Books & Beyond

Celebrating Native American Heritage with Picture Books

By Anna B, Isaac F, and Lisa T.
October 14, 2022

Within the pages of these books, you will find diverse perspectives on the contemporary Indigenous experience.  With over 500 Federally recognized  American Indian tribes and Alaska Native villages, there is not a single Native American story, rather there are many stories. 

I Sang You Down From the Stars by Tasha Spillett-Sumner; illustrated by Michaela Goade.
As she waits for the arrival of her new baby, a mother-to-be gathers gifts that will offer her new baby connection to tradition and family. 

Fry Bread: A Native American Family Story by Kevin Noble Maillard (Seminole Nation, McKusukey band)
xplores Native American heritage, dispels stereotypes, and depicts contemporary Indian family life and culture through the lens of fry bread.

We All Play by Julie Flett (Cree-Metis)
This beautiful book celebrates playtime and the connection between children and the natural world in Cree and English.

When We Are Kind by Monique Gray Smith, illustrated by Nicole Neidhardt (Diné)
Spare illustrations and text remind us that when we are kind, we are grateful and aware of our interconnectedness.

Bow Wow Pow Wow by Brenda J. Child (Red Lake Ojibwe)
Join Windy Girl and her dog, Itchy boy, as they attend a powwow, where they watch the dancers, eat tasty foods, and join family and friends around the campfire.

First Laugh: Welcome, Baby!  by Rose Tahe and Nancy Bo Flood; illustrated by Jonathan Nelson.
A Navaho family welcomes a new baby into the family with love and ceremony, eagerly waiting for that first special laugh.

Johnny’s Pheasant by Cheryl Minema (Ojibwe), illustrated by Julie Flett (Cree-Metis)
Johnny spies a pheasant which he believes is sleeping and his Grandma fears is dead, but they learn they were both wrong when the pheasant departs, leaving behind a gift.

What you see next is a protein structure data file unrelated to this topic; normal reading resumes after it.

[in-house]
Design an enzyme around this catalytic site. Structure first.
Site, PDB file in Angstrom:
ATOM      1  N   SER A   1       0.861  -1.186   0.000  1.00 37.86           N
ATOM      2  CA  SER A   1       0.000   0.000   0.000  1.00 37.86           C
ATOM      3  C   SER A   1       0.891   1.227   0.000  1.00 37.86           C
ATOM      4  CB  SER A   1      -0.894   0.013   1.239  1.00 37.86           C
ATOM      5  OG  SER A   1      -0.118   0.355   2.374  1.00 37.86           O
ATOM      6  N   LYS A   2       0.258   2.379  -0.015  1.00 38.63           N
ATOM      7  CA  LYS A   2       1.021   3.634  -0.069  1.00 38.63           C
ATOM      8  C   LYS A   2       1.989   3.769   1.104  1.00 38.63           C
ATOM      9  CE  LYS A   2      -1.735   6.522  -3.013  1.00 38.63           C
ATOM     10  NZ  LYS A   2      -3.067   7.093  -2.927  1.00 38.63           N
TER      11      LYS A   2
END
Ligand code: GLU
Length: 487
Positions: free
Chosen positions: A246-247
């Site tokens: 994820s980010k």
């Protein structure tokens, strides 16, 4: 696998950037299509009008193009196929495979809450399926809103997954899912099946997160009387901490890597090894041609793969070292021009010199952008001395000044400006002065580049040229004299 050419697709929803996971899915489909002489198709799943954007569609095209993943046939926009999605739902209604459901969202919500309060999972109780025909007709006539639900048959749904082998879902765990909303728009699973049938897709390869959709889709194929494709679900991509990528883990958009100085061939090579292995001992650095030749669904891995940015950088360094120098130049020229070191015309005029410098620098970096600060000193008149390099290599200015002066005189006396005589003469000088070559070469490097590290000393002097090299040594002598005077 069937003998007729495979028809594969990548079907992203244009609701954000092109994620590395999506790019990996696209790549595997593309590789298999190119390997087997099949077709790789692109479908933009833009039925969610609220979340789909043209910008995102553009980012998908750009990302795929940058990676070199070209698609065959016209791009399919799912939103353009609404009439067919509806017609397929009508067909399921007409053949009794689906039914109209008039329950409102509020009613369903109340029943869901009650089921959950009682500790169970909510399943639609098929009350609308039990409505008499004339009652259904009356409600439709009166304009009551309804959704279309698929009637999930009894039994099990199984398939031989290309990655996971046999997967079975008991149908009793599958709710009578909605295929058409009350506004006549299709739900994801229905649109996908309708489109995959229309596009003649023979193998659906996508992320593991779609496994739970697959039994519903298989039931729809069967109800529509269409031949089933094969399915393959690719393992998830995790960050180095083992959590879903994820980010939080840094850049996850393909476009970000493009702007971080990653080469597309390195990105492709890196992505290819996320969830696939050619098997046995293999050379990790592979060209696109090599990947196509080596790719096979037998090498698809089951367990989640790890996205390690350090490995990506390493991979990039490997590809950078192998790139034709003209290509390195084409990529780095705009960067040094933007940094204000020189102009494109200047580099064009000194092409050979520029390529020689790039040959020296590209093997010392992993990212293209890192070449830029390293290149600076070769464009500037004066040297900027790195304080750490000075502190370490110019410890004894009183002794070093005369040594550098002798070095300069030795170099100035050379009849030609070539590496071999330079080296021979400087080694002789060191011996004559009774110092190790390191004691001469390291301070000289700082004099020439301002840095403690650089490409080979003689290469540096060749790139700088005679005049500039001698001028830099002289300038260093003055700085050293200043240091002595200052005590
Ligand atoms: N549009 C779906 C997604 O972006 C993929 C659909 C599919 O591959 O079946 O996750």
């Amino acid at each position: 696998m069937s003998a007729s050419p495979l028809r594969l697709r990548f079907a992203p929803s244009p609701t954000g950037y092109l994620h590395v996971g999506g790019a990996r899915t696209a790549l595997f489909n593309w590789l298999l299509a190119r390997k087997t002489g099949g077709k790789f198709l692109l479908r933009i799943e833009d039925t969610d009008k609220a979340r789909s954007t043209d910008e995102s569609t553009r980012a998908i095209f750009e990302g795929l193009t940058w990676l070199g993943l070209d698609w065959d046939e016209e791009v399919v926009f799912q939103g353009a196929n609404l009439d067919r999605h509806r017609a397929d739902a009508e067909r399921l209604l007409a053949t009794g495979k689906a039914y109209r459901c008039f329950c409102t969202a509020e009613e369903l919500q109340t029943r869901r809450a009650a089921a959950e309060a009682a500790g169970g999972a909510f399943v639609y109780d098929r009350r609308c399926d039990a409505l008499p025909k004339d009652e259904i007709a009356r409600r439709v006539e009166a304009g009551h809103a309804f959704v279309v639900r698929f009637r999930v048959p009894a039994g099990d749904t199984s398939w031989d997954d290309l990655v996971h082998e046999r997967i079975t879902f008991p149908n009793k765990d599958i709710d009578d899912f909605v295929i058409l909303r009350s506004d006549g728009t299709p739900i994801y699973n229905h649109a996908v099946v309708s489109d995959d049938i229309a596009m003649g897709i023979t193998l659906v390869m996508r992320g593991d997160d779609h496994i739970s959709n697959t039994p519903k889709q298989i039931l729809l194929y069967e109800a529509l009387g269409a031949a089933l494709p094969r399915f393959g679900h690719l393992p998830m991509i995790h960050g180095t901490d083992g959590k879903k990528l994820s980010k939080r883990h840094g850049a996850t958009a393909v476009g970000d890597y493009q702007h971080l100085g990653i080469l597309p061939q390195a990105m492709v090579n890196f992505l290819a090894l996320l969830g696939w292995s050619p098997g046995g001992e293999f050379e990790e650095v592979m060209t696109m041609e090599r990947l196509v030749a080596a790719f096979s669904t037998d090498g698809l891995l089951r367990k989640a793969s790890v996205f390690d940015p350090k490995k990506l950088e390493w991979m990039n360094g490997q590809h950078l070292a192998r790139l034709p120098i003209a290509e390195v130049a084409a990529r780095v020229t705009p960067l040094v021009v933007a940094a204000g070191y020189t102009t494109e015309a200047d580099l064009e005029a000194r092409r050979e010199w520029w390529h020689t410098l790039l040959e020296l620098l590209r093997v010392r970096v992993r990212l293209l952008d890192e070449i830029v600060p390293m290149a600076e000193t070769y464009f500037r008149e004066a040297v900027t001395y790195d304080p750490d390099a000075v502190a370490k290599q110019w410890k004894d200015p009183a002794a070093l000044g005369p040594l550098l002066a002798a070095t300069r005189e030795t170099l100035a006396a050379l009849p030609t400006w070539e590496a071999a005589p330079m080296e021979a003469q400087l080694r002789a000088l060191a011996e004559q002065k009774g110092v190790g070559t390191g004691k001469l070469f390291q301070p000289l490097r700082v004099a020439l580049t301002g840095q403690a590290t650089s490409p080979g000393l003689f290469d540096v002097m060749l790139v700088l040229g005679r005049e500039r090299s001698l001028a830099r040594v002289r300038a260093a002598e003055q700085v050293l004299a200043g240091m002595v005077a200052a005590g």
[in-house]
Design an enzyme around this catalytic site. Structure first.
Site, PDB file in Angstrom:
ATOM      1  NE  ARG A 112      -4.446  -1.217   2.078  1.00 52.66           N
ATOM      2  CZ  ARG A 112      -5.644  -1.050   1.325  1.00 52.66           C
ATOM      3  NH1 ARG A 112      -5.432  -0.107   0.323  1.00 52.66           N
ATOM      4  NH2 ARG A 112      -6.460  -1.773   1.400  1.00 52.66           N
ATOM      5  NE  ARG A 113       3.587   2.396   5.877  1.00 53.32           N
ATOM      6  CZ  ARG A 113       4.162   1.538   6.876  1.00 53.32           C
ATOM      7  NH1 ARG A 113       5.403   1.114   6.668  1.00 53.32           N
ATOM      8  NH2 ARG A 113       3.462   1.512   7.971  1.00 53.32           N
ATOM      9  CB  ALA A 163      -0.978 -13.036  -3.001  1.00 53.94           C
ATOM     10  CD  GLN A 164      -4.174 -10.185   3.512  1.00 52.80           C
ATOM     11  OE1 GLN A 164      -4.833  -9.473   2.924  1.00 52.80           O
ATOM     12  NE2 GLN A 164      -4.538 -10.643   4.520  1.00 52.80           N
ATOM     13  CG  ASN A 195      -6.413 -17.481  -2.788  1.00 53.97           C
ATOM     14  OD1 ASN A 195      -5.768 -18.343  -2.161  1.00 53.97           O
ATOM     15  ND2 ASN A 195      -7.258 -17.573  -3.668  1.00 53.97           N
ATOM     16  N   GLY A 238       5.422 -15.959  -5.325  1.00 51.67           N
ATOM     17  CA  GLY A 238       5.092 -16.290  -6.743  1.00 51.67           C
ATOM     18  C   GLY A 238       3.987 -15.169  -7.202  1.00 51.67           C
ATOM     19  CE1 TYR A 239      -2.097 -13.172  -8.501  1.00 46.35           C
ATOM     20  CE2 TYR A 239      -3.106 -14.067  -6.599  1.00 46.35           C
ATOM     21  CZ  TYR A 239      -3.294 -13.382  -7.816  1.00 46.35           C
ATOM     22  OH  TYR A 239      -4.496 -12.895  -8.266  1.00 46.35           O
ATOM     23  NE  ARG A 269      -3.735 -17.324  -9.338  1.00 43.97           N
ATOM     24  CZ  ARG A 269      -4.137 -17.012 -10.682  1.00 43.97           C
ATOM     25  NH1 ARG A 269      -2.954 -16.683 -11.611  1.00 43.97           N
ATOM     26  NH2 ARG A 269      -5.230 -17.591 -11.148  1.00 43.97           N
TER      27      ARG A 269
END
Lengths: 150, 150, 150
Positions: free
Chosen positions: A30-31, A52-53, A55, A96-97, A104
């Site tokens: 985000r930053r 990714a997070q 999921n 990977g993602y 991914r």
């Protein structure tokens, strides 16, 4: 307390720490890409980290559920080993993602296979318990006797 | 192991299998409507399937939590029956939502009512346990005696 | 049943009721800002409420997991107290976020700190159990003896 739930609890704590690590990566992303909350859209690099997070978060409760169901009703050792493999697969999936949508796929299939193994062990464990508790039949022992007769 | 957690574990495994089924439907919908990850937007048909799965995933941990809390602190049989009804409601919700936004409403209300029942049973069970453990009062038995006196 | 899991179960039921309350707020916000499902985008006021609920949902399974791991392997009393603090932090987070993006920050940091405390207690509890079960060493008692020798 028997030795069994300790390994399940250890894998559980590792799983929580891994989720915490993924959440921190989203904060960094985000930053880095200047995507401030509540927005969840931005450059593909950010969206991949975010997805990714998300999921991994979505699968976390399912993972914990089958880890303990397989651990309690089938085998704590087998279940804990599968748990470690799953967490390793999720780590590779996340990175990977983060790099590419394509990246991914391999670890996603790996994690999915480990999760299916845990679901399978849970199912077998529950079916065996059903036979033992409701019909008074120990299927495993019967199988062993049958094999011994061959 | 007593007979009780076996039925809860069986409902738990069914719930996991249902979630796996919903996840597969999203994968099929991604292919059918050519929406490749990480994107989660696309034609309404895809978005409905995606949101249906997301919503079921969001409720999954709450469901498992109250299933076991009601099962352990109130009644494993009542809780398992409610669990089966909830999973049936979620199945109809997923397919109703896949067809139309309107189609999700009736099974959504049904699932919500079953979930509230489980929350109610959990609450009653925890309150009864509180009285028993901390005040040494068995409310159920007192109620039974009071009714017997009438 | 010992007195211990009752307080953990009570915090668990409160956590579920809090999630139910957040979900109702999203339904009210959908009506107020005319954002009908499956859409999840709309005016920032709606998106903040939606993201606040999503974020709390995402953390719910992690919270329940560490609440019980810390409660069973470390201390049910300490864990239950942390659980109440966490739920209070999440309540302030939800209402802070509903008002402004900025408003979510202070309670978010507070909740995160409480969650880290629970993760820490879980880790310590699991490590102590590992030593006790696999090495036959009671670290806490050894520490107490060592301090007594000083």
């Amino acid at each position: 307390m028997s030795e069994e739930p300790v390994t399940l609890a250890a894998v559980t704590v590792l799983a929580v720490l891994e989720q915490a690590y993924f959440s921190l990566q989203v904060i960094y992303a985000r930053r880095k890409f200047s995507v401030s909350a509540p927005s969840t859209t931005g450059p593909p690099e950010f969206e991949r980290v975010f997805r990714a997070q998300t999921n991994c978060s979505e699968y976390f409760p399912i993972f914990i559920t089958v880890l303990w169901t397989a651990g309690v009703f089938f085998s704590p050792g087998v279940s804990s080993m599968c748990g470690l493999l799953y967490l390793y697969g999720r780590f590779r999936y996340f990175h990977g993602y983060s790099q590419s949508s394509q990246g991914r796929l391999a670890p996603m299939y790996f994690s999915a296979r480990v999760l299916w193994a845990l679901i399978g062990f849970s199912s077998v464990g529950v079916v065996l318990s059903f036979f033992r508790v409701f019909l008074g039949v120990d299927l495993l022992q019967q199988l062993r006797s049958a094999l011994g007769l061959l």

We Are Water Protectors by Carole Lindstrom, illustrated by Michaela Goade
Inspired by indigenous-led movements across North America, this book calls upon us to protect and respect our earth and water.

Buffalo Wild by Deidre Havrelock.
Declan longs to see real Buffalo. Then one magical night, herds of the majestic creatures stampede down from the sky. That’s when things really get wild!

Classified: the Secret Career of Mary Golda Ross, Cherokee Aerospace Engineer by Traci Sorell.

Mary Golda Ross designed classified projects for Lockheed Air Corporation as the company’s first female engineer. Find out how her passion for math and the Cherokee values she was raised with shaped her life and work.

First Blade of Sweetgrass  by Suzanne Greenlaw.
In this Own Voices Native American picture book story, a modern Wabanaki girl is excited to accompany her grandmother for the first time to harvest sweetgrass for basket making.

Go Show the World: a Celebration of Indigenous Heroes by Wab Kinew.
Using rhyming lyrics from a previously written rap song, Midewin author, Manitoba politician, and creator Kinew tells the stories of diverse Indigenous heroes both historical and contemporary from the U.S. and Canada.

Little Bird’s Day by Sally Morgan.
A heartening read-aloud about a day in the life of Little Bird, who sings the world alive, flies with Cloud, travels with Wind, nestles with Moon, and dreams of flying among the stars.

Look, Grandma! Ni, Elisi!  by Art Coulson.
Bo wants to find the perfect container to show off his traditional marbles for the Cherokee National Holiday in this exploration of volume and capacity.

Powwow Day by Traci Sorell; illustrated by Madelyn Goodnight
Because she has been very ill and weak, River cannot join in the dancing at this year’s tribal powwow, she can only watch from the sidelines as her sisters and cousins dance the celebration–but as the drum beats she finds the faith to believe that she will recover and dance again.

Water Lady: How Darlene Arviso Helps a Thirsty Navajo Nation by  Alice B. McGinty

Cody is worried when his family on a New Mexico Navajo reservation runs out of water, but Darlene Arviso, called “The Water Lady,” is on the way with her tanker truck.